Colorado was poised Wednesday to award more than $8 million for medical marijuana research, a step toward addressing complaints that little is known about pot’s medical potential.
Faith-based nonprofit organizations that object to covering birth control in their employee health plans were in federal court Monday to challenge a birth-control compromise they say still compels them to violate their religious beliefs.
Like it or not, calorie counts are coming to restaurant menus, convenience store sandwiches and more as the Food and Drug Administration announced new calorie labeling rules on Tuesday.
Unusual billboards are going up around Denver asking that drug testing on beagles be stopped, and they specifically blast one testing lab in Fort Collins.
Flu season is just around the corner and Gov. John Hickenlooper got his flu shot on Monday, but he barely felt it. The governor’s vaccine was injected without a needle.
When it comes to eating fish during pregnancy, it’s a case of tuna ping-pong. The FDA and EPA says some tuna is good for you. Now a study by Consumer Reports says no tuna is good for you if you are pregnant, or planning to become pregnant. CBS4 Medical Editor Dr. Dave Hnida explains the controversy.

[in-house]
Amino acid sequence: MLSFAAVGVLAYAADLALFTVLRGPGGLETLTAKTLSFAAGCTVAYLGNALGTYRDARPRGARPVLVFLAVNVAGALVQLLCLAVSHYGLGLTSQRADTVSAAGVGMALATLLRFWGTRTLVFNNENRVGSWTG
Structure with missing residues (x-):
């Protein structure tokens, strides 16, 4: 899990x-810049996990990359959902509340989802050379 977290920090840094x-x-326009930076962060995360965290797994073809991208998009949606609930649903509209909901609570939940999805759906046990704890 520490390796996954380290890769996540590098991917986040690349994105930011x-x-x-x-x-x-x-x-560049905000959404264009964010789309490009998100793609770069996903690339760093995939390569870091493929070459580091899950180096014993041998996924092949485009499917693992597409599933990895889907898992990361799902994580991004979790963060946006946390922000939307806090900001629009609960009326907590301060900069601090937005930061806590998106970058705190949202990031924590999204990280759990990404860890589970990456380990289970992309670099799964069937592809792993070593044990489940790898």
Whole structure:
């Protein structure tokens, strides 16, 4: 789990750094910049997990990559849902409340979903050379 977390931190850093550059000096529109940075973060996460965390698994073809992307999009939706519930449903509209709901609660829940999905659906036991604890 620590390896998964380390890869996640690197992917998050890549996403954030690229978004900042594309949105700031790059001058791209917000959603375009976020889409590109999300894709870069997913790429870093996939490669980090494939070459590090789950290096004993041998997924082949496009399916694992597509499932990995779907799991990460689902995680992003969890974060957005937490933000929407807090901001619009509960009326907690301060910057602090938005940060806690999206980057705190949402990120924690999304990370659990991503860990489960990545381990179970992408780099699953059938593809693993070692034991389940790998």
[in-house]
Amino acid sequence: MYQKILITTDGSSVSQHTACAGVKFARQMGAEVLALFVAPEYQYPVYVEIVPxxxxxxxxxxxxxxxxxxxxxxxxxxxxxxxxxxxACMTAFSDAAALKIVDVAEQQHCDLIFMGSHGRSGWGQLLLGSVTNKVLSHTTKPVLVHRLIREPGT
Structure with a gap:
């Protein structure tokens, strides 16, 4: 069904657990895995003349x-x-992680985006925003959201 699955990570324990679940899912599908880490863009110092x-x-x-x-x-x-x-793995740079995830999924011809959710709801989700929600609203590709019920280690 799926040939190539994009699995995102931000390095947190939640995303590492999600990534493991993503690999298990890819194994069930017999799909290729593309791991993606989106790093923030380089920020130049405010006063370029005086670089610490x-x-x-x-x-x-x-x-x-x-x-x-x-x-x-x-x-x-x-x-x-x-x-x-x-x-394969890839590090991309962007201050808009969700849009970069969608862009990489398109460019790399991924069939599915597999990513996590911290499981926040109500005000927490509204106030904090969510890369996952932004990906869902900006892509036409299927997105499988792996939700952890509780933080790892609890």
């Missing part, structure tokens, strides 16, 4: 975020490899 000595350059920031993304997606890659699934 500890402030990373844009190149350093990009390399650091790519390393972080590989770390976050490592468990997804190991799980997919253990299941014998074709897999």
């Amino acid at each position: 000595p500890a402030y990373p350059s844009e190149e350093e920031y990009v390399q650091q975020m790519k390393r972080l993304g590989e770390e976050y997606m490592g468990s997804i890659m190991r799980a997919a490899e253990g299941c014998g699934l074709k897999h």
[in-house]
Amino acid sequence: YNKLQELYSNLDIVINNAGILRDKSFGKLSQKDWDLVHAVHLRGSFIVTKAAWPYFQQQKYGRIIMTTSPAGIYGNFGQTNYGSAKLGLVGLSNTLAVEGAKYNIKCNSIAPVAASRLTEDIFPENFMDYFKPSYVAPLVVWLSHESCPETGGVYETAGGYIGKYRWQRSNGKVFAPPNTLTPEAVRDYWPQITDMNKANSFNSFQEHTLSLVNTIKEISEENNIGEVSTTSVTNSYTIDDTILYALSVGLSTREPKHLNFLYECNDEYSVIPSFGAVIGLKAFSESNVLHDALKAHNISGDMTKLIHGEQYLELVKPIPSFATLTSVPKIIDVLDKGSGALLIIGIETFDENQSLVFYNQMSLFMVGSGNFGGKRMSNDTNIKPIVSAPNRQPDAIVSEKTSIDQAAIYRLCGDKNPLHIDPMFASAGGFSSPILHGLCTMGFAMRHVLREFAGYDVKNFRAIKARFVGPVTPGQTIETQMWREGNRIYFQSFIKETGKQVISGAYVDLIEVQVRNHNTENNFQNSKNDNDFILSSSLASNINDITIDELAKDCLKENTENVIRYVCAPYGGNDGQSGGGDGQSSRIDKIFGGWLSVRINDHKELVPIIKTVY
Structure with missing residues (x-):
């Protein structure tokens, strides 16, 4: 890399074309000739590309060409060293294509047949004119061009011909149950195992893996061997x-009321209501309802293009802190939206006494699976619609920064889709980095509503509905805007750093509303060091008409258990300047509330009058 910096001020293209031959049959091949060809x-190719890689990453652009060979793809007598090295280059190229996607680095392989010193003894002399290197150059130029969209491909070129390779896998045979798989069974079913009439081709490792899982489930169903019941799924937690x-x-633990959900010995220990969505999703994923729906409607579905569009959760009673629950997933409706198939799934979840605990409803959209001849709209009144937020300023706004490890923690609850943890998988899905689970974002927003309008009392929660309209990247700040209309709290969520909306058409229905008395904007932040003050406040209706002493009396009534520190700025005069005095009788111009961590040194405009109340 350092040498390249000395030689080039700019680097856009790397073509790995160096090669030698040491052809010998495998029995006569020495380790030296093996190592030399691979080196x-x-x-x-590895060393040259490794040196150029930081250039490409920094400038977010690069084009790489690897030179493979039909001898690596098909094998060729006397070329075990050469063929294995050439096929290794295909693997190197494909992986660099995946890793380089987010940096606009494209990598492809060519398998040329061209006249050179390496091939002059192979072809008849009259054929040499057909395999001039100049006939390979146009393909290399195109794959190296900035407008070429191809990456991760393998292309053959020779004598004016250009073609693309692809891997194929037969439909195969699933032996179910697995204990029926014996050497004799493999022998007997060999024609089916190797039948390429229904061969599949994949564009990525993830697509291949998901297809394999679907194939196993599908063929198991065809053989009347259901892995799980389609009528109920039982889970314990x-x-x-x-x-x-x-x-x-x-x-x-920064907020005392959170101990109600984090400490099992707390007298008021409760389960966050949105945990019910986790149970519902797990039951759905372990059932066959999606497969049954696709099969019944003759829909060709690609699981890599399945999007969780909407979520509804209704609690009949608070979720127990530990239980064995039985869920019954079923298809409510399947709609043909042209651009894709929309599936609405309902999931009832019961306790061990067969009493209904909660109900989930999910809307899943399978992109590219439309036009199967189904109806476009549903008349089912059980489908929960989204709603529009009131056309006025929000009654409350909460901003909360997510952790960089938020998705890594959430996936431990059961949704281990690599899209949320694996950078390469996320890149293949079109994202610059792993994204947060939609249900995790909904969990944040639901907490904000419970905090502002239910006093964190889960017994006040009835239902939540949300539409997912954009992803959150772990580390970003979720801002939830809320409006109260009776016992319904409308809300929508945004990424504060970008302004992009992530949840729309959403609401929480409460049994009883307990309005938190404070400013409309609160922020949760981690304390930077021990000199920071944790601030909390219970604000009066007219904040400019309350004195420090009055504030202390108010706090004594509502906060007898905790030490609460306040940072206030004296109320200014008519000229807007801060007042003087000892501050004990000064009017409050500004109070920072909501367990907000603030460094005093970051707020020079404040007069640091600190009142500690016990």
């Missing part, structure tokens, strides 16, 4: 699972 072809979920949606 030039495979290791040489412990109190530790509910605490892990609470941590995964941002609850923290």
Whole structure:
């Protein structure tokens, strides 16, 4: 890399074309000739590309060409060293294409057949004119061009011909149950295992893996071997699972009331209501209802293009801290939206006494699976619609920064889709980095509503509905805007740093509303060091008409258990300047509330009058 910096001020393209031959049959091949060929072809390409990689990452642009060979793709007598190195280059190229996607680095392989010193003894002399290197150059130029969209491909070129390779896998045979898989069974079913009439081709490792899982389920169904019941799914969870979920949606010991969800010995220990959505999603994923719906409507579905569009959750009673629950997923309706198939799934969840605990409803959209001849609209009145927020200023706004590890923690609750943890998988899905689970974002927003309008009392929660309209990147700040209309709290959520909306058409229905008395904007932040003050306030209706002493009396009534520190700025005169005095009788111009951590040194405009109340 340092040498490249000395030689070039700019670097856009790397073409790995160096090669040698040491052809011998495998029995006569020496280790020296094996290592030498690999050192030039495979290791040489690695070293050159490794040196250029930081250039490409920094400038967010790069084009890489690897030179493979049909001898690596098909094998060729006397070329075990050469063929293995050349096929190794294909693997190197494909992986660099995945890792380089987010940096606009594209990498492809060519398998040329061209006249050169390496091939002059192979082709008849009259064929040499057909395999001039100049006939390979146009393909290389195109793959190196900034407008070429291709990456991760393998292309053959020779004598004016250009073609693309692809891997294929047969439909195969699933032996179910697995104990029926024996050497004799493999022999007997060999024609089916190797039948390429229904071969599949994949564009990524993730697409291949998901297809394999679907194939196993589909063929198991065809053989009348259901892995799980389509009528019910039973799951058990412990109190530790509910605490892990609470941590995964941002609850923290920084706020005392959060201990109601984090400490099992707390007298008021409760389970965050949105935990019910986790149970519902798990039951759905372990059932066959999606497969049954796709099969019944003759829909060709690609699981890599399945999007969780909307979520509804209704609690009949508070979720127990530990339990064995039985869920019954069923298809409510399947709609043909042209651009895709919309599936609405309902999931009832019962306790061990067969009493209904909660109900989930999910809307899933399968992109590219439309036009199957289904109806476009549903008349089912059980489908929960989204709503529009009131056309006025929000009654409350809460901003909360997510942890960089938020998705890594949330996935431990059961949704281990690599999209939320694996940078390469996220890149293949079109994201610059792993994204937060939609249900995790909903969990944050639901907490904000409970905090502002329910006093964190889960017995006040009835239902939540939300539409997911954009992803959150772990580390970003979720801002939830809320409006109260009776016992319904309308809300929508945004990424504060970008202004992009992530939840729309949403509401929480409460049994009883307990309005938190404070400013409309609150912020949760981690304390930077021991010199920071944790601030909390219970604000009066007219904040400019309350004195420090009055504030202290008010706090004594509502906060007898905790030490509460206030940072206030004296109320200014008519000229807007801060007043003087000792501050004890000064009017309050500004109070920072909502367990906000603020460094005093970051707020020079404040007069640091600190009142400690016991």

A new study is raising more questions about a common procedure done during hysterectomies. There have been growing concerns the procedure may spread hidden cancer and a woman in Arvada believes it happened to her.
For more than a decade, the FDA has warned pregnant and nursing women, as well as young kids, to limit the amount of fish that they eat. The problem is that after that advice came out, fish consumption has dropped to zero for many in those groups. CBS4 Medical Editor Dr. Dave Hnida reports on a shift in the FDA’s position, what fish is safe and how much you should eat each week.
While federal health officials work to set standards in place for regulating electronic cigarettes on the national level, local officials are warning people of their dangers, particulary for minors.
With the governor’s signature Colorado is now the first state to allow terminally ill patients to have access to medication that is not approved by the government.